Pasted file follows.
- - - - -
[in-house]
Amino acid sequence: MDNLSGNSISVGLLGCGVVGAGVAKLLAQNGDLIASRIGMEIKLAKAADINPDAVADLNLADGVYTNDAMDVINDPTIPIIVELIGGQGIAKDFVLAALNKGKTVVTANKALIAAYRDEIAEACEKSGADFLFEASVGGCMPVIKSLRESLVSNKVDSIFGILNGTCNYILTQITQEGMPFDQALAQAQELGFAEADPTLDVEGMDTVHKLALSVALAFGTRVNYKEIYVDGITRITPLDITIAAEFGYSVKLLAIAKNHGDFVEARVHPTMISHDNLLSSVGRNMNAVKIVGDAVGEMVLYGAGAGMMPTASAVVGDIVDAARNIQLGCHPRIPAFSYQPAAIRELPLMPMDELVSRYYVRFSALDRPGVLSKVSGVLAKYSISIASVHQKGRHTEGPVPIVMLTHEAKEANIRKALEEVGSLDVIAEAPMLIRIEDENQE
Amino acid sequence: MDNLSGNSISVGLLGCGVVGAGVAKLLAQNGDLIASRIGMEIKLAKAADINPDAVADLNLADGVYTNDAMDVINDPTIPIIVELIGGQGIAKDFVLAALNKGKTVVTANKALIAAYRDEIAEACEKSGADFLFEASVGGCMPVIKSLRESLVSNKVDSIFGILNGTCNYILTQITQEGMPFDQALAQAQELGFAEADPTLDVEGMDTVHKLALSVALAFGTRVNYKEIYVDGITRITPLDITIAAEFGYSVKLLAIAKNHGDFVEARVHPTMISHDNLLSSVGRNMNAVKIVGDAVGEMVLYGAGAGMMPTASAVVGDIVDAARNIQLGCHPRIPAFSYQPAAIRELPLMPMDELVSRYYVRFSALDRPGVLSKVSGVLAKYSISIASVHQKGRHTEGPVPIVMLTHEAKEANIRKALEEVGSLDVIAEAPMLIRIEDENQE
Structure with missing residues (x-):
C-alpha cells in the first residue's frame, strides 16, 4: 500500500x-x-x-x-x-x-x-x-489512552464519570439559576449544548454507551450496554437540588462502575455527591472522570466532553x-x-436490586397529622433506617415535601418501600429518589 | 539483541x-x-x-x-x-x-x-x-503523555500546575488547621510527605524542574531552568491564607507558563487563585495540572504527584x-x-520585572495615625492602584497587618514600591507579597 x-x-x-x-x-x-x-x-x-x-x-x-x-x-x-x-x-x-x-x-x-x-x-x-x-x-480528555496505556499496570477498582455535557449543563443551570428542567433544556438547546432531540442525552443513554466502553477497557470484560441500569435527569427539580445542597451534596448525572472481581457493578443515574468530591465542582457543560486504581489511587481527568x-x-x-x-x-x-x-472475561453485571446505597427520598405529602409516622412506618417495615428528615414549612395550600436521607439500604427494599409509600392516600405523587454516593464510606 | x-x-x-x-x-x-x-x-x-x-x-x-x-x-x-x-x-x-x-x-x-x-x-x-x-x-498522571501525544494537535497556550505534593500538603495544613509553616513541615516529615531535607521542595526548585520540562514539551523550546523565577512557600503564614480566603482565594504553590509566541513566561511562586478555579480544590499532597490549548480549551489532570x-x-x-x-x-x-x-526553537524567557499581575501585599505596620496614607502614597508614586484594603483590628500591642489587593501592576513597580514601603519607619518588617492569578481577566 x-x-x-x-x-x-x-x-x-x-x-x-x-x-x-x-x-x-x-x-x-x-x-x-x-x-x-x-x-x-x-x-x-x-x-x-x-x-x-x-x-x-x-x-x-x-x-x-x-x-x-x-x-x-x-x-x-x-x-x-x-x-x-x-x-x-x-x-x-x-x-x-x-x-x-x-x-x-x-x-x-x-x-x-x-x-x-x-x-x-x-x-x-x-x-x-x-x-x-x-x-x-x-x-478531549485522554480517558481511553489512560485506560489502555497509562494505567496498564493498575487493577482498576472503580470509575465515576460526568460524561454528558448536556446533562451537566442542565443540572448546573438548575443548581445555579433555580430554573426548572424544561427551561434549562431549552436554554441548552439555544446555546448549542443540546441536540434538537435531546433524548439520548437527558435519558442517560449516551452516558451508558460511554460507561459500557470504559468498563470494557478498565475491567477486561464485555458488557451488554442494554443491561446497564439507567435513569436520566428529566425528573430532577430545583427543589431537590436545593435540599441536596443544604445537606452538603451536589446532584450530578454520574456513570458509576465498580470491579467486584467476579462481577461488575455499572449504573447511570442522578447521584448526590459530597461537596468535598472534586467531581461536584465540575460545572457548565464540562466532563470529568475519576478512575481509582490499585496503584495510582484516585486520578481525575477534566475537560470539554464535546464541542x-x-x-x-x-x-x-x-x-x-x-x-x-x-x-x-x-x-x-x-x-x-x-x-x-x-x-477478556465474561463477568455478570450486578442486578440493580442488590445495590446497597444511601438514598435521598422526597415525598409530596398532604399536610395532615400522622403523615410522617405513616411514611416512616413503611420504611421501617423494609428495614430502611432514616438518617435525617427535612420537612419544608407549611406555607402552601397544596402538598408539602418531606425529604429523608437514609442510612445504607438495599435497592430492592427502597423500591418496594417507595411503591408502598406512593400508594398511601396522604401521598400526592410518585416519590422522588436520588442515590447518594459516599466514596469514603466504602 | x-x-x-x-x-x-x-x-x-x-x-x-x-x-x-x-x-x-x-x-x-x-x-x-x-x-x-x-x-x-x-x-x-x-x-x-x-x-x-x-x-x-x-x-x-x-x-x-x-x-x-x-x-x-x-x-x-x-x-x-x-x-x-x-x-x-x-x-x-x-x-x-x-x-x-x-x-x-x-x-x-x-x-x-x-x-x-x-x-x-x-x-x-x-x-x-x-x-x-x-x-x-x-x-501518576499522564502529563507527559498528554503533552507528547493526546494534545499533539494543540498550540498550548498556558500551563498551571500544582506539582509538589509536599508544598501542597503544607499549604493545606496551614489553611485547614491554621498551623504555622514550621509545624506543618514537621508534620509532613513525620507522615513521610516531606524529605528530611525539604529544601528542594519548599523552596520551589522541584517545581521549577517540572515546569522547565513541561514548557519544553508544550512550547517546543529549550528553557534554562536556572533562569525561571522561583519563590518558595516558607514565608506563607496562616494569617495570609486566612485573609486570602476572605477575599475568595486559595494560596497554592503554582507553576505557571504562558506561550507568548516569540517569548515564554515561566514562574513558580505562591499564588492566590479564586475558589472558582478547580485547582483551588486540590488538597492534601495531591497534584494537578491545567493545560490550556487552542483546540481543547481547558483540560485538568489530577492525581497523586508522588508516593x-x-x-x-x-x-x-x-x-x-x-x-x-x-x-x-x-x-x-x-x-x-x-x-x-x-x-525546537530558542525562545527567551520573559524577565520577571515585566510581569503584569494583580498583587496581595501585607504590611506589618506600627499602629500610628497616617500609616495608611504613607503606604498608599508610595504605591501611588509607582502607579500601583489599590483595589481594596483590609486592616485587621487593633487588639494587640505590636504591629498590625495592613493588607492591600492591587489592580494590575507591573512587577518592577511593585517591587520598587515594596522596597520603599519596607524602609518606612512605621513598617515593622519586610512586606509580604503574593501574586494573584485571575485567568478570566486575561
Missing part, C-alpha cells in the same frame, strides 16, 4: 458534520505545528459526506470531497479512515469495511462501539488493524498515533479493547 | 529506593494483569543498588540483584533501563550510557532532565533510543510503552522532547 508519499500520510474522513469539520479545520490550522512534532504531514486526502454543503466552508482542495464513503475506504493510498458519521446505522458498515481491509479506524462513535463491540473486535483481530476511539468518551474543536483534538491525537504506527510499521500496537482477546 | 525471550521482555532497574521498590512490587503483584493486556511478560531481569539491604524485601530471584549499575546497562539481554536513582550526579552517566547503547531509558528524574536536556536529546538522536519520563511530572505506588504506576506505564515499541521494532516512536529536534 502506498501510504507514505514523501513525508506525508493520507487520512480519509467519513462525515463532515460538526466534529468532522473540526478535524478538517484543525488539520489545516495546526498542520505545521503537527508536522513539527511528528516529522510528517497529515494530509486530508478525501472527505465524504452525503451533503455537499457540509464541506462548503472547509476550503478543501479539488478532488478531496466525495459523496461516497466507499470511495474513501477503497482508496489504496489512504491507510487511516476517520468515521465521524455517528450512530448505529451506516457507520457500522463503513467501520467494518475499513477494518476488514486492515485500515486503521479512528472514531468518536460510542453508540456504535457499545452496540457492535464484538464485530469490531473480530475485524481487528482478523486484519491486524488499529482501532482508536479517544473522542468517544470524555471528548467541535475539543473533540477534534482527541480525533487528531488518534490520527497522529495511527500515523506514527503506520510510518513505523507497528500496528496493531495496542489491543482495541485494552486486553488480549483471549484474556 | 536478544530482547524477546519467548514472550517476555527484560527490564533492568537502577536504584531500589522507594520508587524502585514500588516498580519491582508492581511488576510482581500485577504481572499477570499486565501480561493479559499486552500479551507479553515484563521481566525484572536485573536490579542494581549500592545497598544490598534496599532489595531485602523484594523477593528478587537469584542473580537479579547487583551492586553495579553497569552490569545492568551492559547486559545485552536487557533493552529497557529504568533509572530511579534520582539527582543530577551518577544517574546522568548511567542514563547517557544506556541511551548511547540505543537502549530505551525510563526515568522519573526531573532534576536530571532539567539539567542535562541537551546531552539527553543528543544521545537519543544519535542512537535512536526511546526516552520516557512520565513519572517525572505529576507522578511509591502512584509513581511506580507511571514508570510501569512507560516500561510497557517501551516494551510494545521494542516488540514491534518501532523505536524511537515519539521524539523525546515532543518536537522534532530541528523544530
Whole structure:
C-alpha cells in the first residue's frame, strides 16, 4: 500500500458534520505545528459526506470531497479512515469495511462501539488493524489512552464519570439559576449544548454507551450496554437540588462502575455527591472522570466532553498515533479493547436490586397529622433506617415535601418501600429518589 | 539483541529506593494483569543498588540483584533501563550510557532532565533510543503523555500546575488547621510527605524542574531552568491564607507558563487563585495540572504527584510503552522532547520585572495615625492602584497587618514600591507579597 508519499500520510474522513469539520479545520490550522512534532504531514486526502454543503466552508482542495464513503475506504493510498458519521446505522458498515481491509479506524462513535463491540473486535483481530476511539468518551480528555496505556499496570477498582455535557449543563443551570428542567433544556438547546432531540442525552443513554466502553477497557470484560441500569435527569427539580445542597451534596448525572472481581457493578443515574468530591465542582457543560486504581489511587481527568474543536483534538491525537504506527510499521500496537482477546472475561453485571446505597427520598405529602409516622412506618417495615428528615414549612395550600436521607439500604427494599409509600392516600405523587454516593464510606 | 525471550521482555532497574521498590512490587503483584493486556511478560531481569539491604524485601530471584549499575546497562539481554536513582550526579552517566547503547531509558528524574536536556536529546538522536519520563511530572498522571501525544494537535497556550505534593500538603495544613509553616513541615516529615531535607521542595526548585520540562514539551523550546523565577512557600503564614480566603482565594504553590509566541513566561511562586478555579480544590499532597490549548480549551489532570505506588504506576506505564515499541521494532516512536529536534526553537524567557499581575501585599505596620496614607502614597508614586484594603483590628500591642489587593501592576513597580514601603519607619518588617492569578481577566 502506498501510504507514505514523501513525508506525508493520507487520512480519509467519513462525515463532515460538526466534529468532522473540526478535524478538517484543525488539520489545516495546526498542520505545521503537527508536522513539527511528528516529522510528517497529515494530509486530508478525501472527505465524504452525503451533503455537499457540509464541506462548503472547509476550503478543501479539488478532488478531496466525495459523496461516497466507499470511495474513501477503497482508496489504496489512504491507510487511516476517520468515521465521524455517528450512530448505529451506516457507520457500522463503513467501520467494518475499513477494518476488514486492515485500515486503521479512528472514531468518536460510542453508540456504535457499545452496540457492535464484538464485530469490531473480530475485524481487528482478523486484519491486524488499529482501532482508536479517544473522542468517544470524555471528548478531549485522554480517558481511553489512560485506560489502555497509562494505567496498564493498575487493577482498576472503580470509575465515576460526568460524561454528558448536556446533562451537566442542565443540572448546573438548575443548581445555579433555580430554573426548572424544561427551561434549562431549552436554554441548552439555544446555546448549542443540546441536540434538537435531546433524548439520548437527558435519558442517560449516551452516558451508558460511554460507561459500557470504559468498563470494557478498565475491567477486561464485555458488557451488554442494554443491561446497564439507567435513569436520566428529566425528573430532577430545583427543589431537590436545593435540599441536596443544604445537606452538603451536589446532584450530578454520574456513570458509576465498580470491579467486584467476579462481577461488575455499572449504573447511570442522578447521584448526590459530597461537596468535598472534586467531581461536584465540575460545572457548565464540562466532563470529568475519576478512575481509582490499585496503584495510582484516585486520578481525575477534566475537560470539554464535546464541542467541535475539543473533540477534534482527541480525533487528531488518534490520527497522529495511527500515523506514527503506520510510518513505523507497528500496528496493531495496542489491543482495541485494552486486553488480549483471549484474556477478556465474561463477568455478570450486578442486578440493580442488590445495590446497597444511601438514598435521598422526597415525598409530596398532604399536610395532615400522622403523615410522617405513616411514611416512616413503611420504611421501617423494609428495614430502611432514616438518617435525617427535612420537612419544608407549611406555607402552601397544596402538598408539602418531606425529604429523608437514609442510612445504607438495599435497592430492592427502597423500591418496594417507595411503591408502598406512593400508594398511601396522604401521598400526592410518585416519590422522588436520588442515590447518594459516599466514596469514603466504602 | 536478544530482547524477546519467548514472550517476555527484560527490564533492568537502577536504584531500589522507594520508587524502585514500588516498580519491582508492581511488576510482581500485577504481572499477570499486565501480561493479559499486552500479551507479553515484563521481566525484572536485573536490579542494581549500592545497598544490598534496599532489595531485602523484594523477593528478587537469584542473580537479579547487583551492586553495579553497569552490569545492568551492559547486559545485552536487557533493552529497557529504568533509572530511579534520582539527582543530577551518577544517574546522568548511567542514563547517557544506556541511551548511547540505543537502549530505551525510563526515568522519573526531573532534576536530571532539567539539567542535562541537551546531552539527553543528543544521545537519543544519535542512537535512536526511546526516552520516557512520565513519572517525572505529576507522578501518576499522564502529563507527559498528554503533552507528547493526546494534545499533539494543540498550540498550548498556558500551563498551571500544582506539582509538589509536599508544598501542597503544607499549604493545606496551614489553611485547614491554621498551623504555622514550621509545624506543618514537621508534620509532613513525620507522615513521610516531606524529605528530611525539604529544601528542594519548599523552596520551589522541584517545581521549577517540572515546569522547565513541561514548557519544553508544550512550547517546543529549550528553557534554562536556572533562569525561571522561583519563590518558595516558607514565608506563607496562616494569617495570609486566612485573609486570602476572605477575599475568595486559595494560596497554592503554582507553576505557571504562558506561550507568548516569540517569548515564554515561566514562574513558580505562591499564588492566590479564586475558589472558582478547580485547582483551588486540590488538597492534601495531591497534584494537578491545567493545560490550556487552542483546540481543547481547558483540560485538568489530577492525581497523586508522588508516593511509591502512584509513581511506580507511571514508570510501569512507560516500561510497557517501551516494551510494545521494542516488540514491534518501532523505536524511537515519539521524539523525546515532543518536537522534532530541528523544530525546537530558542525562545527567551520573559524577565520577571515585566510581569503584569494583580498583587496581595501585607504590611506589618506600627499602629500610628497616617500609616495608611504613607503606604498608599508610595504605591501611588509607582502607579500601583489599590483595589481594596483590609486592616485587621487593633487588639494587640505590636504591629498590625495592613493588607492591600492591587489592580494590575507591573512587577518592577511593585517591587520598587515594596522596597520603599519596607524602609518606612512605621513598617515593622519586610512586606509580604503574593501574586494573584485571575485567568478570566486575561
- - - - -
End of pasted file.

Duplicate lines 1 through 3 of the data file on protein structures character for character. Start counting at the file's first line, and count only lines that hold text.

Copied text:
[in-house]
Amino acid sequence: MDNLSGNSISVGLLGCGVVGAGVAKLLAQNGDLIASRIGMEIKLAKAADINPDAVADLNLADGVYTNDAMDVINDPTIPIIVELIGGQGIAKDFVLAALNKGKTVVTANKALIAAYRDEIAEACEKSGADFLFEASVGGCMPVIKSLRESLVSNKVDSIFGILNGTCNYILTQITQEGMPFDQALAQAQELGFAEADPTLDVEGMDTVHKLALSVALAFGTRVNYKEIYVDGITRITPLDITIAAEFGYSVKLLAIAKNHGDFVEARVHPTMISHDNLLSSVGRNMNAVKIVGDAVGEMVLYGAGAGMMPTASAVVGDIVDAARNIQLGCHPRIPAFSYQPAAIRELPLMPMDELVSRYYVRFSALDRPGVLSKVSGVLAKYSISIASVHQKGRHTEGPVPIVMLTHEAKEANIRKALEEVGSLDVIAEAPMLIRIEDENQE
Amino acid sequence: MDNLSGNSISVGLLGCGVVGAGVAKLLAQNGDLIASRIGMEIKLAKAADINPDAVADLNLADGVYTNDAMDVINDPTIPIIVELIGGQGIAKDFVLAALNKGKTVVTANKALIAAYRDEIAEACEKSGADFLFEASVGGCMPVIKSLRESLVSNKVDSIFGILNGTCNYILTQITQEGMPFDQALAQAQELGFAEADPTLDVEGMDTVHKLALSVALAFGTRVNYKEIYVDGITRITPLDITIAAEFGYSVKLLAIAKNHGDFVEARVHPTMISHDNLLSSVGRNMNAVKIVGDAVGEMVLYGAGAGMMPTASAVVGDIVDAARNIQLGCHPRIPAFSYQPAAIRELPLMPMDELVSRYYVRFSALDRPGVLSKVSGVLAKYSISIASVHQKGRHTEGPVPIVMLTHEAKEANIRKALEEVGSLDVIAEAPMLIRIEDENQE